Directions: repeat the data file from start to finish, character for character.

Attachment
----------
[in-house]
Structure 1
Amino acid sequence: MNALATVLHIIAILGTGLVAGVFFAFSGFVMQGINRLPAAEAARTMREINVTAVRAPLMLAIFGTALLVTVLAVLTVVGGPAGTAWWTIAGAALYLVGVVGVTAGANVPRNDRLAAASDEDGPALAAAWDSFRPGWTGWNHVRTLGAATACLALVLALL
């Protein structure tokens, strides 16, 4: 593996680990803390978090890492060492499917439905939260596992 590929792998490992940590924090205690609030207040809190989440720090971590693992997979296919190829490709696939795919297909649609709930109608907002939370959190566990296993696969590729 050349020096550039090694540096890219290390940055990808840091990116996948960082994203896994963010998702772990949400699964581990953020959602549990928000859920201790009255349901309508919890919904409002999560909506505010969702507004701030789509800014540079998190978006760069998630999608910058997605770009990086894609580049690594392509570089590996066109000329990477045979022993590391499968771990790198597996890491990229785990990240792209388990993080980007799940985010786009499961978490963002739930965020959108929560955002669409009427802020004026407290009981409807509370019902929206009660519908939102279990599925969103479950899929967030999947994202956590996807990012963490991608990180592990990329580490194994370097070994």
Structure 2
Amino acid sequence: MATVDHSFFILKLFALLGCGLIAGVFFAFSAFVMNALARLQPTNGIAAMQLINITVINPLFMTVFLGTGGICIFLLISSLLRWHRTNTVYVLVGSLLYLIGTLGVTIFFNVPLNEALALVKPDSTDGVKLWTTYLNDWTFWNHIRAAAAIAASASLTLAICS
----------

[in-house]
Structure 1
Amino acid sequence: MNALATVLHIIAILGTGLVAGVFFAFSGFVMQGINRLPAAEAARTMREINVTAVRAPLMLAIFGTALLVTVLAVLTVVGGPAGTAWWTIAGAALYLVGVVGVTAGANVPRNDRLAAASDEDGPALAAAWDSFRPGWTGWNHVRTLGAATACLALVLALL
């Protein structure tokens, strides 16, 4: 593996680990803390978090890492060492499917439905939260596992 590929792998490992940590924090205690609030207040809190989440720090971590693992997979296919190829490709696939795919297909649609709930109608907002939370959190566990296993696969590729 050349020096550039090694540096890219290390940055990808840091990116996948960082994203896994963010998702772990949400699964581990953020959602549990928000859920201790009255349901309508919890919904409002999560909506505010969702507004701030789509800014540079998190978006760069998630999608910058997605770009990086894609580049690594392509570089590996066109000329990477045979022993590391499968771990790198597996890491990229785990990240792209388990993080980007799940985010786009499961978490963002739930965020959108929560955002669409009427802020004026407290009981409807509370019902929206009660519908939102279990599925969103479950899929967030999947994202956590996807990012963490991608990180592990990329580490194994370097070994």
Structure 2
Amino acid sequence: MATVDHSFFILKLFALLGCGLIAGVFFAFSAFVMNALARLQPTNGIAAMQLINITVINPLFMTVFLGTGGICIFLLISSLLRWHRTNTVYVLVGSLLYLIGTLGVTIFFNVPLNEALALVKPDSTDGVKLWTTYLNDWTFWNHIRAAAAIAASASLTLAICS